Bill Levin poses in the sanctuary at The First Church of Cannabis, Tuesday, June 23, 2015. The sanctuary, still under renovation, includes a painting on the back wall of two hands passing a cannabis cigarette. The painting, by CS Stanley, the church's minister of art, is similar to a detail of the Michelangelo "Creation of Adam" on the Sistine Chapel ceiling.
Bill Levin poses in the sanctuary at The First Church of Cannabis, on June 23, 2015. The sanctuary, still under renovation, includes a painting on the back wall of two hands passing a cannabis cigarette. The painting, by CS Stanley, the church's minister of art, is similar to a detail of the Michelangelo "Creation of Adam" on the Sistine Chapel ceiling. Photo courtesy of Kelly Wilkinson, The Indianapolis Star

Indiana's Church of Cannabis files religious liberty suit

Bill Levin poses in the sanctuary at The First Church of Cannabis, Tuesday, June 23, 2015. The sanctuary, still under renovation, includes a painting on the back wall of two hands passing a cannabis cigarette. The painting, by CS Stanley, the church's minister of art, is similar to a detail of the Michelangelo "Creation of Adam" on the Sistine Chapel ceiling.

Bill Levin poses in the sanctuary at The First Church of Cannabis, on June 23, 2015. The sanctuary, still under renovation, includes a painting on the back wall of two hands passing a cannabis cigarette. The painting, by CS Stanley, the church's minister of art, is similar to a detail of the Michelangelo "Creation of Adam" on the Sistine Chapel ceiling. Photo courtesy of Kelly Wilkinson, The Indianapolis Star.


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INDIANAPOLIS -- The First Church of Cannabis filed a lawsuit Wednesday (July 8) against the state of Indiana and city of Indianapolis, challenging state laws on possession and use of marijuana as infringing upon religious beliefs.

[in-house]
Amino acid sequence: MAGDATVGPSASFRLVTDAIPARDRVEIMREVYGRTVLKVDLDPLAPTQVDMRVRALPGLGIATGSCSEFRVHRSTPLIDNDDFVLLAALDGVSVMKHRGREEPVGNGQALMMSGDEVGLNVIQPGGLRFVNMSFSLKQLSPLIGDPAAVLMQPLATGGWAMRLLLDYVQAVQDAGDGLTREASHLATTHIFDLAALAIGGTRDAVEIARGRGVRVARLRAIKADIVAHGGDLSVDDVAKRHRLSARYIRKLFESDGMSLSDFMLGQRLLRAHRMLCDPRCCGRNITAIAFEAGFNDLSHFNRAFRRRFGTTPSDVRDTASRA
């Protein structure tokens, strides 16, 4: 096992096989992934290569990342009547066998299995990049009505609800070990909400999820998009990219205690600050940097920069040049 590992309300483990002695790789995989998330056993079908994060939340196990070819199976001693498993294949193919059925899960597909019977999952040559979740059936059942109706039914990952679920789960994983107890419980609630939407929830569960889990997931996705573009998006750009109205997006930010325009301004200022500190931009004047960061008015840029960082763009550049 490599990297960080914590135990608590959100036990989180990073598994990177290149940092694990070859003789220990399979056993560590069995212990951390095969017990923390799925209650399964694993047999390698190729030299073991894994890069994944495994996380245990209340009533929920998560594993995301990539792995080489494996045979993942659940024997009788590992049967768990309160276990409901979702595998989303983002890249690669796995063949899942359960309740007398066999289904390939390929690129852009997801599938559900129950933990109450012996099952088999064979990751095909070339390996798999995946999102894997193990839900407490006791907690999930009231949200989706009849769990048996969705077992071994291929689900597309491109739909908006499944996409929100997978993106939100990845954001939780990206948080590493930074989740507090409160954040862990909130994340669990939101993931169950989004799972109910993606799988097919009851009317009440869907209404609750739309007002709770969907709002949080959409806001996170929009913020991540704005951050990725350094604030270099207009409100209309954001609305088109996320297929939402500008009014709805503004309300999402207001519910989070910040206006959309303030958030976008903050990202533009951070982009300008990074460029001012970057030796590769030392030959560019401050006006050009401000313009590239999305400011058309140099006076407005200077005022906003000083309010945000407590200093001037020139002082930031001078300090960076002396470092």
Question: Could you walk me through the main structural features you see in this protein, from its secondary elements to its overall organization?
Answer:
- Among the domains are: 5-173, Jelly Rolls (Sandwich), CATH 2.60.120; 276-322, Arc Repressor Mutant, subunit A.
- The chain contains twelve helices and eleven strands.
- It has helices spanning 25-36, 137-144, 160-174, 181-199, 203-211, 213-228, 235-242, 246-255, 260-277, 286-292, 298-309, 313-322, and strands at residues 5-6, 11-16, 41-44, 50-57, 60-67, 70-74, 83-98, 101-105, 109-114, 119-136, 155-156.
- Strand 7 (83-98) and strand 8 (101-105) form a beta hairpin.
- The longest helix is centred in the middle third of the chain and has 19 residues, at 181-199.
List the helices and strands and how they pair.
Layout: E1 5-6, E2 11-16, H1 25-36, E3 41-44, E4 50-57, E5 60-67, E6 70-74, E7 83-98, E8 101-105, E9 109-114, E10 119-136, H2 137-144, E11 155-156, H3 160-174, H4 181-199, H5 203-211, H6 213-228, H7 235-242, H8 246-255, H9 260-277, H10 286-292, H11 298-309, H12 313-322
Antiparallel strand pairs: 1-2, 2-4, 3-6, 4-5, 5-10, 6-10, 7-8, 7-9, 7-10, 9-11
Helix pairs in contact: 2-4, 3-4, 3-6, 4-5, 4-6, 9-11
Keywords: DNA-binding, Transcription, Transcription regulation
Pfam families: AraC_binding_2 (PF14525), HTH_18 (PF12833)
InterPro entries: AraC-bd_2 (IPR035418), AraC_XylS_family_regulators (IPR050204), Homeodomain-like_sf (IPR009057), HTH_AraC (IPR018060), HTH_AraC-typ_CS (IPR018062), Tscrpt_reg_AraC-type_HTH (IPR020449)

The complaint, filed in Marion County Circuit Court, contends that cannabis is the church's sacrament and its members believe marijuana "brings us closer to ourselves and others."

"We are taking legal action today to ensure love has no barriers in our land," said Bill Levin, Church of Cannabis founder, in front of the Indiana Statehouse.

"Today we invite the state of Indiana and all its leaders to joyfully meet us in a court of law for clarifications on our core religious values," he said. "We look forward to engaging them on the high plane of dignity and discipline, with love and compassion in our hearts, to find a swift and sensible answer for our questions of religious equality."

Under the state's new Religious Freedom Restoration Act, which took effect July 1, the government must prove it is enforcing a compelling interest in the least restrictive way if a person claims an undue burden on religious liberty. The Church of Cannabis had its first service July 1 but said its members would not use cannabis after law enforcement warned that police would arrest anyone who smoked pot.

Indiana Gov. Mike Pence, Attorney General Greg Zoeller, Superintendent Douglas G. Carter of Indiana State Police, Indianapolis Police Chief Rick Hite, Indianapolis Mayor Greg Ballard and Marion County Sheriff John Layton also are defendants in the lawsuit.